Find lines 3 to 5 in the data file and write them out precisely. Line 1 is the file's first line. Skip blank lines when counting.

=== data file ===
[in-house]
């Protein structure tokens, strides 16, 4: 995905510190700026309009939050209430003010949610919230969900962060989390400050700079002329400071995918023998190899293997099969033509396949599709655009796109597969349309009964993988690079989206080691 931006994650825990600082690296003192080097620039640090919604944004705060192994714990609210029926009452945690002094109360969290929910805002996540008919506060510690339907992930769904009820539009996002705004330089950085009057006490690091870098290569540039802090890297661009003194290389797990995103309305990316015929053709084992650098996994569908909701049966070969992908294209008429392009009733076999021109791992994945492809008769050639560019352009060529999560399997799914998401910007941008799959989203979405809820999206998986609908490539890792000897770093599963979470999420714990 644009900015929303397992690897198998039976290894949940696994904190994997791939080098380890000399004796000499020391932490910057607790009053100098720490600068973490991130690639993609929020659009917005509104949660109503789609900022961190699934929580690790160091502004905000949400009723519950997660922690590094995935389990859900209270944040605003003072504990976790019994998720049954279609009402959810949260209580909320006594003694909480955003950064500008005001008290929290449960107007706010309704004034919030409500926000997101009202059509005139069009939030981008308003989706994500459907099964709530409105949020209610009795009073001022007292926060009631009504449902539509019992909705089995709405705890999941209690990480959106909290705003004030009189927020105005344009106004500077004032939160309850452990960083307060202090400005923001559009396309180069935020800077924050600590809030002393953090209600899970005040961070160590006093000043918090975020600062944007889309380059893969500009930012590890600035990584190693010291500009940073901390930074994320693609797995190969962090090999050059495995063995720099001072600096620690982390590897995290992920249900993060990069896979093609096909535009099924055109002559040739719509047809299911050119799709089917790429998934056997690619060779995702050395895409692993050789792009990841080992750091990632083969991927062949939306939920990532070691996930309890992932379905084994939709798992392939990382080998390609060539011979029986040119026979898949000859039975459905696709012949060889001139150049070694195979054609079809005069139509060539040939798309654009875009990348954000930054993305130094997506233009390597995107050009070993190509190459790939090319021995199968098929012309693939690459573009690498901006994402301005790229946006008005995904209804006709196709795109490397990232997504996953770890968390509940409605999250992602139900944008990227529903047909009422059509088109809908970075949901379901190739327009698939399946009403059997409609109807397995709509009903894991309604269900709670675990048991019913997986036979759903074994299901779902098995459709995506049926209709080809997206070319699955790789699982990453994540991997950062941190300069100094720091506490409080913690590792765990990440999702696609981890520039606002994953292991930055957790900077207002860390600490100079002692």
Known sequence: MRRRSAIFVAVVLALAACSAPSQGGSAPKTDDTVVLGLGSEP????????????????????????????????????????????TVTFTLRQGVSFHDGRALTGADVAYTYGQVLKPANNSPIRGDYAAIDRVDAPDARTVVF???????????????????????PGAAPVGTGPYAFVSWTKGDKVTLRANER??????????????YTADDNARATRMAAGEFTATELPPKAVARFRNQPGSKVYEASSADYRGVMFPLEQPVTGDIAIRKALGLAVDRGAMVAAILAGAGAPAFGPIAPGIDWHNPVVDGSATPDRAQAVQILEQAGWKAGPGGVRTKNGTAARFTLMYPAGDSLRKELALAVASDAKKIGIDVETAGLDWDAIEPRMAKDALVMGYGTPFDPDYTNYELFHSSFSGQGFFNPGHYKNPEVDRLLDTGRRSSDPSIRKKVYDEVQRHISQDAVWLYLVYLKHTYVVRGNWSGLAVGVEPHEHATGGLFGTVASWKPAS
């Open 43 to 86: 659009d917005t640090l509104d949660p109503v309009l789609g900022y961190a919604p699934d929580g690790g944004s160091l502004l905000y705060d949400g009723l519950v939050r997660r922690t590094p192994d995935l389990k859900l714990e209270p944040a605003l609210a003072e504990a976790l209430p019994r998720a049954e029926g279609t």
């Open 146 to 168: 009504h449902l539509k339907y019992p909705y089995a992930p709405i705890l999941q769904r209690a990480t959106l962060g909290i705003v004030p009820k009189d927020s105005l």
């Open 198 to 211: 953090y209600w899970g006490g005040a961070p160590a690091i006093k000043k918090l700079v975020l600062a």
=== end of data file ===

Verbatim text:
Known sequence: MRRRSAIFVAVVLALAACSAPSQGGSAPKTDDTVVLGLGSEP????????????????????????????????????????????TVTFTLRQGVSFHDGRALTGADVAYTYGQVLKPANNSPIRGDYAAIDRVDAPDARTVVF???????????????????????PGAAPVGTGPYAFVSWTKGDKVTLRANER??????????????YTADDNARATRMAAGEFTATELPPKAVARFRNQPGSKVYEASSADYRGVMFPLEQPVTGDIAIRKALGLAVDRGAMVAAILAGAGAPAFGPIAPGIDWHNPVVDGSATPDRAQAVQILEQAGWKAGPGGVRTKNGTAARFTLMYPAGDSLRKELALAVASDAKKIGIDVETAGLDWDAIEPRMAKDALVMGYGTPFDPDYTNYELFHSSFSGQGFFNPGHYKNPEVDRLLDTGRRSSDPSIRKKVYDEVQRHISQDAVWLYLVYLKHTYVVRGNWSGLAVGVEPHEHATGGLFGTVASWKPAS
């Open 43 to 86: 659009d917005t640090l509104d949660p109503v309009l789609g900022y961190a919604p699934d929580g690790g944004s160091l502004l905000y705060d949400g009723l519950v939050r997660r922690t590094p192994d995935l389990k859900l714990e209270p944040a605003l609210a003072e504990a976790l209430p019994r998720a049954e029926g279609t």
């Open 146 to 168: 009504h449902l539509k339907y019992p909705y089995a992930p709405i705890l999941q769904r209690a990480t959106l962060g909290i705003v004030p009820k009189d927020s105005l």